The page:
Polyester or polyester/cotton sheets will likely come out of the dryer, or off of the clothesline, wrinkle-free. However, cotton percale sheets are prone to wrinkling and may need to be ironed, depending on your preference. The best way to iron sheets is to do so when they are slightly damp, using a low heat setting.
Storing Sheets and Bed Linens
Unless you wash and dry your sheets, and then put them right back onto your bed, you'll need to fold and store them. Folding fitted sheets, in particular, can be challenging, but there's an easy trick that will allow them to stack neatly in your linen closet. First, fit all of the rounded corners smoothly inside of each other to create a rectangle. Next, fold your rectangle into a neat square. Keep a full set of sheets together by placing them inside one of the pillowcases. Store them in a dark, dry space, like a linen closet, lidded bench, or a cedar trunk (plastic storage containers can yellow linens over time).
How Often to Wash Sheets and Bed Linens
Sheets of any fabric will, over time, become soiled from body oil which contains bacteria and can cause skin irritation. Frequent washing will keep bacteria at bay and keep you healthy. If you wear pajamas or bathe before bedtime, your sheets can be changed weekly or bi-weekly, but never go longer than two weeks with unwashed sheets. If you eat in bed, sleep with your pet, or perspire heavily, you may need to clean your sheets once a week. If you wake up with a stuffy nose, the accumulated dust mites and shed skin cells in bedsheets may be affecting your respiratory passages. So, try washing your sheets twice weekly if you can't breathe.
If there is a household illness, such as a virus, cold, or flu, or if your household has experienced a head lice or bed bug infestation, sheets should be changed and washed in hot water daily. Additionally, if you have acne or skin problems, pillowcases should be changed and cleaned more frequently than sheets to prevent inflammation and the transfer of bacteria.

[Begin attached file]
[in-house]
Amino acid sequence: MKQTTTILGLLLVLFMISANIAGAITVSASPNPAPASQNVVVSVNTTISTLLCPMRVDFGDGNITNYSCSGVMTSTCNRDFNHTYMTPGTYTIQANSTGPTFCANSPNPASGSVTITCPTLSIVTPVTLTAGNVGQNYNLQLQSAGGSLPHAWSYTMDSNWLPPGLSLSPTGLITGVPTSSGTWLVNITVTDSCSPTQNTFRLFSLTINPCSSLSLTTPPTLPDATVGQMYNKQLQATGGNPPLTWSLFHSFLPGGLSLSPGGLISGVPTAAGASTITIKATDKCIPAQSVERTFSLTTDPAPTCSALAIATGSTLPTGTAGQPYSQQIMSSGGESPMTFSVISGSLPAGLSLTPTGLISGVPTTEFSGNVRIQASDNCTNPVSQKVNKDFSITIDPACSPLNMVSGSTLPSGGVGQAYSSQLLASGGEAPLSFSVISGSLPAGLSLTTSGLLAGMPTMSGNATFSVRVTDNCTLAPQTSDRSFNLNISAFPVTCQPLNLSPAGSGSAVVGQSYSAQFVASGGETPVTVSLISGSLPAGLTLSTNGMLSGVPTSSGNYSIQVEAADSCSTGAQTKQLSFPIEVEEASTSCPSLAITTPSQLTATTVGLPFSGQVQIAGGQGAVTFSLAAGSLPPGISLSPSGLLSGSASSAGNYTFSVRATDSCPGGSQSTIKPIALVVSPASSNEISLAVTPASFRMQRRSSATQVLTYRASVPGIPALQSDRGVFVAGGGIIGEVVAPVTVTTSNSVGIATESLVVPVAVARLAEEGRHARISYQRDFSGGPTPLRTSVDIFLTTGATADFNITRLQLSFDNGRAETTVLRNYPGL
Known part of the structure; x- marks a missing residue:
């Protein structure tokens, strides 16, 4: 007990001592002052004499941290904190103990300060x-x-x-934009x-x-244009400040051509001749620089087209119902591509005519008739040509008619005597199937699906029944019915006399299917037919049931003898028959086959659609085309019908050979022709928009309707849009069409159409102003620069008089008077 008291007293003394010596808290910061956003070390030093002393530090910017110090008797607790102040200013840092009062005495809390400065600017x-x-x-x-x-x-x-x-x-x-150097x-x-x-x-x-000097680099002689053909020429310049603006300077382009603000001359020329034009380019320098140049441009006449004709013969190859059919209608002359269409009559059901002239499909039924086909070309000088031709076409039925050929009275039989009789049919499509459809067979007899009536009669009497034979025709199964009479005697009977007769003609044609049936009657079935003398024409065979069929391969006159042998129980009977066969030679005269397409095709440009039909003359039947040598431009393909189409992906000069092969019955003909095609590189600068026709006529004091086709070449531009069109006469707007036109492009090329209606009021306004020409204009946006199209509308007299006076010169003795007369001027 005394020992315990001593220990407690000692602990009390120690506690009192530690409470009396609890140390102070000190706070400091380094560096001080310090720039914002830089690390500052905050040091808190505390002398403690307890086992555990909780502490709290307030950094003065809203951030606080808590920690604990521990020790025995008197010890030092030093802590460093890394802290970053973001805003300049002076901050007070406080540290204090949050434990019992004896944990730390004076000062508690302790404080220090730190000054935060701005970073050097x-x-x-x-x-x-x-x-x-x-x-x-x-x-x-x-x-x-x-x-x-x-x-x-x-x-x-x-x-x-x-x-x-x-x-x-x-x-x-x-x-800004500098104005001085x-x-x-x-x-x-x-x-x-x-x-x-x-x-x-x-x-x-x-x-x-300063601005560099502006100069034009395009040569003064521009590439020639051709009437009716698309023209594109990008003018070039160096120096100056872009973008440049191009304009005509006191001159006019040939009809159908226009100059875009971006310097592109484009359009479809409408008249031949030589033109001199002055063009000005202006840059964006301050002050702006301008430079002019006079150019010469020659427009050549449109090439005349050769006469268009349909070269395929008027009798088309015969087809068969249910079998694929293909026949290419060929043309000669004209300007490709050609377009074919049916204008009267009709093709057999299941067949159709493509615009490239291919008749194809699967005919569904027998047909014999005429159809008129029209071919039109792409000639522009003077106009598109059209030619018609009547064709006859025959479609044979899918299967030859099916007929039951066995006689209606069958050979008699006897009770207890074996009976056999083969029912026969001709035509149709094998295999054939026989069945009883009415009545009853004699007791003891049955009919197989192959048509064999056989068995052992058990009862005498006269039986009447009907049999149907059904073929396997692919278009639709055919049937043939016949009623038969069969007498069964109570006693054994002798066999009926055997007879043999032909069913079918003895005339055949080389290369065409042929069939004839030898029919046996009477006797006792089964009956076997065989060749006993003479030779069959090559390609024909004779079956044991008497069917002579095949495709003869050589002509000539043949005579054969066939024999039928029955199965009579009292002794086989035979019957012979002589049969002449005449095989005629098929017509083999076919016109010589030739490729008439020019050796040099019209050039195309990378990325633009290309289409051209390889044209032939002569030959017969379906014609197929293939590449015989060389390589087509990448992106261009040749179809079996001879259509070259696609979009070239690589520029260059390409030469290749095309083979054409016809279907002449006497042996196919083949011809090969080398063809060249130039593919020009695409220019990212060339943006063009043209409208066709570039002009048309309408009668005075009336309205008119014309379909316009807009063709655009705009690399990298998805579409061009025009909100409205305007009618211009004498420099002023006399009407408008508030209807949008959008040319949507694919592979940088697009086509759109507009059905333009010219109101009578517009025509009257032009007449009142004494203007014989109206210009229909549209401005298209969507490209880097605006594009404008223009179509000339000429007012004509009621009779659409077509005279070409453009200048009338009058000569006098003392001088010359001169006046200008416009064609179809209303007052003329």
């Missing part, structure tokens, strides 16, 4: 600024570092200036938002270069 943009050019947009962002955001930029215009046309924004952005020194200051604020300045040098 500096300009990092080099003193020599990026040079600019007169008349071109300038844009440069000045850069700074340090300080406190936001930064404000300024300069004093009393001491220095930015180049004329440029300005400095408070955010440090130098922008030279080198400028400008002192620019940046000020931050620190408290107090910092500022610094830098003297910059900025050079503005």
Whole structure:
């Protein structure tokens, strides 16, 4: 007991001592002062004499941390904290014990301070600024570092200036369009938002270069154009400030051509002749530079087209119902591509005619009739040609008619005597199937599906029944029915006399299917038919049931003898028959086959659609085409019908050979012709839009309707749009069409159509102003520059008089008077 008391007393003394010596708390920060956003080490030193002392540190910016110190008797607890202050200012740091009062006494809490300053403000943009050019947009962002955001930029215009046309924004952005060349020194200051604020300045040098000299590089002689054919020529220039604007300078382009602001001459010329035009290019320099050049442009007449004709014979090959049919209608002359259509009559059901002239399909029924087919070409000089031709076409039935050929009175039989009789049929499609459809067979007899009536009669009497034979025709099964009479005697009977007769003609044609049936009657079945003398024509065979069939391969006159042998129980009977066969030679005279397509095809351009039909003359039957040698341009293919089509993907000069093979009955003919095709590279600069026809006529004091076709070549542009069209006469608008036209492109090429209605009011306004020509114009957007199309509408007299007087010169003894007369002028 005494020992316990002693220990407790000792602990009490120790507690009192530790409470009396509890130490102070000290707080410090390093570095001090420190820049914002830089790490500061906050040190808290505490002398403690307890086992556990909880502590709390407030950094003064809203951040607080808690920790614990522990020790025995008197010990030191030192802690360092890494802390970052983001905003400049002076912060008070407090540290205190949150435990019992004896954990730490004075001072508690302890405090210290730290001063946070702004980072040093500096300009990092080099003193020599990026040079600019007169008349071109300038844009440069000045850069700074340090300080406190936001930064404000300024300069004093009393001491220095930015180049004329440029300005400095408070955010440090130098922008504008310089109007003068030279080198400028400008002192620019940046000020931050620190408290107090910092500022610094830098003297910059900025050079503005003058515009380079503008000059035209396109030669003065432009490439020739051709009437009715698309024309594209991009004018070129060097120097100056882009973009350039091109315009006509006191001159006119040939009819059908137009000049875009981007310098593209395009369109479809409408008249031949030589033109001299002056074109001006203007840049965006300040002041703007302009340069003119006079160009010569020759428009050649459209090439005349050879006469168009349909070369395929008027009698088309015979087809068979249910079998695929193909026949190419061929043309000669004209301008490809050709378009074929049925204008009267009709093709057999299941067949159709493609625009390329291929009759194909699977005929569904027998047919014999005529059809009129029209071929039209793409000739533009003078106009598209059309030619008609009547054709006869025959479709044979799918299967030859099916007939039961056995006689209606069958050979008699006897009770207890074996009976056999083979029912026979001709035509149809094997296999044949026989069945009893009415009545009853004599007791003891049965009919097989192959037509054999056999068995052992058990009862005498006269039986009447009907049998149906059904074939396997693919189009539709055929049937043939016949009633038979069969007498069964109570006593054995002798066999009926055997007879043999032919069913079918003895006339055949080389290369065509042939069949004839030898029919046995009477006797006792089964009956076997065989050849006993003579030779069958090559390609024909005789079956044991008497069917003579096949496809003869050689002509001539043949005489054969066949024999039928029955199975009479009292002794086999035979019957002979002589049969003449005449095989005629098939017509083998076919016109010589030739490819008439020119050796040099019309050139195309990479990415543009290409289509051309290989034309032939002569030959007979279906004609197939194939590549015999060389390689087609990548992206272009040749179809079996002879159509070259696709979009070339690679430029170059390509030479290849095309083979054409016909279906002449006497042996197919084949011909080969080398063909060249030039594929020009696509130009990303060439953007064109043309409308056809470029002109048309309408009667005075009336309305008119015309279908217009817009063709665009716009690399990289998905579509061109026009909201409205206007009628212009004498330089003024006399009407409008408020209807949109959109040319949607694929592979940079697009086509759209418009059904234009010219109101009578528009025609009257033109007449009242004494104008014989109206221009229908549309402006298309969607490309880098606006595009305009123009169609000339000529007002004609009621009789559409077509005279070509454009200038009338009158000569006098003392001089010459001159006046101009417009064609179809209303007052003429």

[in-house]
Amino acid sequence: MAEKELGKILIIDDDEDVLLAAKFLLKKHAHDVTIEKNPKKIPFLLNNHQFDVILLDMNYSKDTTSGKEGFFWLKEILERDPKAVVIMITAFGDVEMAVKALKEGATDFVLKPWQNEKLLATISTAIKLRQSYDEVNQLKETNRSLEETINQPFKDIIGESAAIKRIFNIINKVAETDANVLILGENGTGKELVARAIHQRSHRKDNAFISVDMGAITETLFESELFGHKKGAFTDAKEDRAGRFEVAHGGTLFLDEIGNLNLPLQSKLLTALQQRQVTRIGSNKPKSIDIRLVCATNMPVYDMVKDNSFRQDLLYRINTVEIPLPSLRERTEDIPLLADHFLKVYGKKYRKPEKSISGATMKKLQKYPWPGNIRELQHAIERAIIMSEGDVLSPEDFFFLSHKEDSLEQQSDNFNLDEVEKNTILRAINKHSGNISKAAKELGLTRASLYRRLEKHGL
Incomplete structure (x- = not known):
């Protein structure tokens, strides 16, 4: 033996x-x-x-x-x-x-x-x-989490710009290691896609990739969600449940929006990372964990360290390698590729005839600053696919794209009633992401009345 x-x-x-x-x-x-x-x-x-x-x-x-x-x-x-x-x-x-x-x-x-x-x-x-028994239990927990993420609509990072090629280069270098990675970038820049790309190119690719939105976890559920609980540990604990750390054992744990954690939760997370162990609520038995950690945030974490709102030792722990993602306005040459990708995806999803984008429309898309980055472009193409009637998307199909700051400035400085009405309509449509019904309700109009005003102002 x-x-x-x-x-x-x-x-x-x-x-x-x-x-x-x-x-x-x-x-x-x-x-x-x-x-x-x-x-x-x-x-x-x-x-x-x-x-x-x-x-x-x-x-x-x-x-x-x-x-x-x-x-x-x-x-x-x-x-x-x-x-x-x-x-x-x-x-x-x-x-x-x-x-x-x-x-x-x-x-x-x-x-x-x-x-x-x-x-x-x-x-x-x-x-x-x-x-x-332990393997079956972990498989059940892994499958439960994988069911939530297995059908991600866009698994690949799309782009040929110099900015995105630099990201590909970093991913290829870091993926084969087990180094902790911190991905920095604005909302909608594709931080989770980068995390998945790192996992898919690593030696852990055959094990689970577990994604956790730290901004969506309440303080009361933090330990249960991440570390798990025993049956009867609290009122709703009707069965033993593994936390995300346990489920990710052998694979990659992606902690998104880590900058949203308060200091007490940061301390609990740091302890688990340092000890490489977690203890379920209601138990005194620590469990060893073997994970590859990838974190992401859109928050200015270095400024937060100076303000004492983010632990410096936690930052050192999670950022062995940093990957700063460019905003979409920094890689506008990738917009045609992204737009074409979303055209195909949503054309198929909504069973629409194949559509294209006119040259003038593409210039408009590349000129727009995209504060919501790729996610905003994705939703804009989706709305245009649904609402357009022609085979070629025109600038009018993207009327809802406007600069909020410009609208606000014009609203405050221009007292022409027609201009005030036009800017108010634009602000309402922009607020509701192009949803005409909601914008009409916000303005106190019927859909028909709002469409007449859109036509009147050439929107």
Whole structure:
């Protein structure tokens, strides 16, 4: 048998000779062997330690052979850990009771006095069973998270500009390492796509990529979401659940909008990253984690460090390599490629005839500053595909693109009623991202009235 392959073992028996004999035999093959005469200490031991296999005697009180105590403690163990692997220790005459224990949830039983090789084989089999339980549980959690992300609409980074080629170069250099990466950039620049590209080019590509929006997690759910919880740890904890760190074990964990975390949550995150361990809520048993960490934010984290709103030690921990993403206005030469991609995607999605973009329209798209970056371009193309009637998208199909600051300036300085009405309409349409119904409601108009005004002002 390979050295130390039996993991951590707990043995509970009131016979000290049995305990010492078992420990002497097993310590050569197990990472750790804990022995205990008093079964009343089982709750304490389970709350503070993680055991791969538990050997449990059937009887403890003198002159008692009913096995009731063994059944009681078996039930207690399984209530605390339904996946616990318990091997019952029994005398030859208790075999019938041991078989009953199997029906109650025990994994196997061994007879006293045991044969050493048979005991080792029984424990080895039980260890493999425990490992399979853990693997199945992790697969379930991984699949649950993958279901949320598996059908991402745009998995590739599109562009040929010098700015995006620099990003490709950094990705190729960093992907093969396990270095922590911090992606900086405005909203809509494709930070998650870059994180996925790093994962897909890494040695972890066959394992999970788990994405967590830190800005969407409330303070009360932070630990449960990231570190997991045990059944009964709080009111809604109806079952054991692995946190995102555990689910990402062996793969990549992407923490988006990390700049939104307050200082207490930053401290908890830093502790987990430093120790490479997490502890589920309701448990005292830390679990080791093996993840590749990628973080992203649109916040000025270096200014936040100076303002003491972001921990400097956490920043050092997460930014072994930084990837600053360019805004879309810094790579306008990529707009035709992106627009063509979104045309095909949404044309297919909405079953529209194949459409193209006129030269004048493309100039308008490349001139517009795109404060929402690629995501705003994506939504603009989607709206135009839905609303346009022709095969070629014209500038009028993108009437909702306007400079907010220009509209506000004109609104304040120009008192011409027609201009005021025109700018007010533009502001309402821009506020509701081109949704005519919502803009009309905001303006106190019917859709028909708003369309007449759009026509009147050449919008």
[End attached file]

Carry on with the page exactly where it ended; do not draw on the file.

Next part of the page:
Tips for Washing Sheets and Bed Linens
- Sort sheets from other laundry items and separate whites from colors, so that bleeding does not occur in the washing machine.
- Don't overstuff your machine with sheets. The fabric needs room to tumble freely so the detergent can reach and penetrate every fiber for optimal cleaning.
- Avoid using bleach to brighten sheets—even white ones. It may damage the fabric. Instead, use oxygen bleach (like OxiClean) to brighten white sheets. You can also presoak sheets in a bucket of water with 1/2 cup of white vinegar for one hour before washing normally to brighten them.
- Wash your sheets when you remove them from the linen closet. A stale odor could mean they've mildewed, which can happen if they were put away slightly damp.
- Avoid the use of fabric softeners and dryer sheets, which can reduce the absorbency of the natural fibers and cause bedsheets to become sticky. Instead, add distilled white vinegar to the final rinse cycle to remove residues that stiffen cotton sheets.
How do I make my sheets feel like hotel sheets?
Sheets with high thread counts (like those used in four-star hotels) feel luxurious on the skin. In order to keep them feeling great, wash high-thread-count sheets in the gentle cycle.
How do I keep white sheets white?
Peroxide-based detergents will prevent white sheets from yellowing or turning grey. However, when used improperly, these detergents can weaken fibers, making your sheets prone to ripping.
Can you wash pillows?
Check the label before washing pillows. Most pillows can be washed in a regular washing machine, but some materials, like feather down, call for dry cleaning only.
We spend about one-third of our life either sleeping or attempting to do so. National Library of Medicine.
Home Environmental Interventions for House Dust Mite. The Journal of Allergy and Clinical Immunology.
Acne Information. The Society for Pediatric Dermatology.